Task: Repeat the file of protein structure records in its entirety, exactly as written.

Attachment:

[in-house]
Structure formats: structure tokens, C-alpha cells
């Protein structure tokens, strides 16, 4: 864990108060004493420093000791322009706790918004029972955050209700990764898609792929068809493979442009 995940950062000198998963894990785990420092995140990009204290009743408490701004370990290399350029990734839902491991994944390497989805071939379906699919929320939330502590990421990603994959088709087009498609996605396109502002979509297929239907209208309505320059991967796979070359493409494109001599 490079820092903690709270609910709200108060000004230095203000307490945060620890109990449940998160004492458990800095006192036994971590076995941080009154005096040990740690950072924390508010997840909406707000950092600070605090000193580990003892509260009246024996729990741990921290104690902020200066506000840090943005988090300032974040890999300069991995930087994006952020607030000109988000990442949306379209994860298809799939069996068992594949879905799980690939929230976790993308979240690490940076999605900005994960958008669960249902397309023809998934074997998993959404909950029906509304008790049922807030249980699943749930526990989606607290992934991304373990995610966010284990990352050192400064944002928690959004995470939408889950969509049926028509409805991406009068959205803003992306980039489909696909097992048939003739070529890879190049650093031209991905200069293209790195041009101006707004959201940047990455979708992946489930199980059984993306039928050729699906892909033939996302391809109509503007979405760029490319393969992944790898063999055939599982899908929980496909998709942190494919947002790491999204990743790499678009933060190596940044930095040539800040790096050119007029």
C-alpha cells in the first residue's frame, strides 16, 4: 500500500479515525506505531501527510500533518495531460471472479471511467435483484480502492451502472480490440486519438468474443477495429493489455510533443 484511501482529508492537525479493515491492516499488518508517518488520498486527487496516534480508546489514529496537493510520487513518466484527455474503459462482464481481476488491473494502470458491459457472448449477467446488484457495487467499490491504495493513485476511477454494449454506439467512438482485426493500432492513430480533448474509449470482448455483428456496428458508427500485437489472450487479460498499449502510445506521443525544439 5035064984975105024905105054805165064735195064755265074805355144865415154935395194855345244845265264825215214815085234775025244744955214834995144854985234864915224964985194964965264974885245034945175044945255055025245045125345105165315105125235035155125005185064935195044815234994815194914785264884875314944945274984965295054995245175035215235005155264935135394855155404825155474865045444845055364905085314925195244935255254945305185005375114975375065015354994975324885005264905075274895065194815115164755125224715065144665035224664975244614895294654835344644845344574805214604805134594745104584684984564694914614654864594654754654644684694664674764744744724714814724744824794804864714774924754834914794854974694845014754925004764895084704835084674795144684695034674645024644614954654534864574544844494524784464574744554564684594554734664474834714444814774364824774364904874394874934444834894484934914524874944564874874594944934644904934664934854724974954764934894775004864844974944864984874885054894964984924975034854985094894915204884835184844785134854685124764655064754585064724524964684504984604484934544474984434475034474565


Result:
[in-house]
Structure formats: structure tokens, C-alpha cells
């Protein structure tokens, strides 16, 4: 864990108060004493420093000791322009706790918004029972955050209700990764898609792929068809493979442009 995940950062000198998963894990785990420092995140990009204290009743408490701004370990290399350029990734839902491991994944390497989805071939379906699919929320939330502590990421990603994959088709087009498609996605396109502002979509297929239907209208309505320059991967796979070359493409494109001599 490079820092903690709270609910709200108060000004230095203000307490945060620890109990449940998160004492458990800095006192036994971590076995941080009154005096040990740690950072924390508010997840909406707000950092600070605090000193580990003892509260009246024996729990741990921290104690902020200066506000840090943005988090300032974040890999300069991995930087994006952020607030000109988000990442949306379209994860298809799939069996068992594949879905799980690939929230976790993308979240690490940076999605900005994960958008669960249902397309023809998934074997998993959404909950029906509304008790049922807030249980699943749930526990989606607290992934991304373990995610966010284990990352050192400064944002928690959004995470939408889950969509049926028509409805991406009068959205803003992306980039489909696909097992048939003739070529890879190049650093031209991905200069293209790195041009101006707004959201940047990455979708992946489930199980059984993306039928050729699906892909033939996302391809109509503007979405760029490319393969992944790898063999055939599982899908929980496909998709942190494919947002790491999204990743790499678009933060190596940044930095040539800040790096050119007029």
C-alpha cells in the first residue's frame, strides 16, 4: 500500500479515525506505531501527510500533518495531460471472479471511467435483484480502492451502472480490440486519438468474443477495429493489455510533443 484511501482529508492537525479493515491492516499488518508517518488520498486527487496516534480508546489514529496537493510520487513518466484527455474503459462482464481481476488491473494502470458491459457472448449477467446488484457495487467499490491504495493513485476511477454494449454506439467512438482485426493500432492513430480533448474509449470482448455483428456496428458508427500485437489472450487479460498499449502510445506521443525544439 5035064984975105024905105054805165064735195064755265074805355144865415154935395194855345244845265264825215214815085234775025244744955214834995144854985234864915224964985194964965264974885245034945175044945255055025245045125345105165315105125235035155125005185064935195044815234994815194914785264884875314944945274984965295054995245175035215235005155264935135394855155404825155474865045444845055364905085314925195244935255254945305185005375114975375065015354994975324885005264905075274895065194815115164755125224715065144665035224664975244614895294654835344644845344574805214604805134594745104584684984564694914614654864594654754654644684694664674764744744724714814724744824794804864714774924754834914794854974694845014754925004764895084704835084674795144684695034674645024644614954654534864574544844494524784464574744554564684594554734664474834714444814774364824774364904874394874934444834894484934914524874944564874874594944934644904934664934854724974954764934894775004864844974944864984874885054894964984924975034854985094894915204884835184844785134854685124764655064754585064724524964684504984604484934544474984434475034474565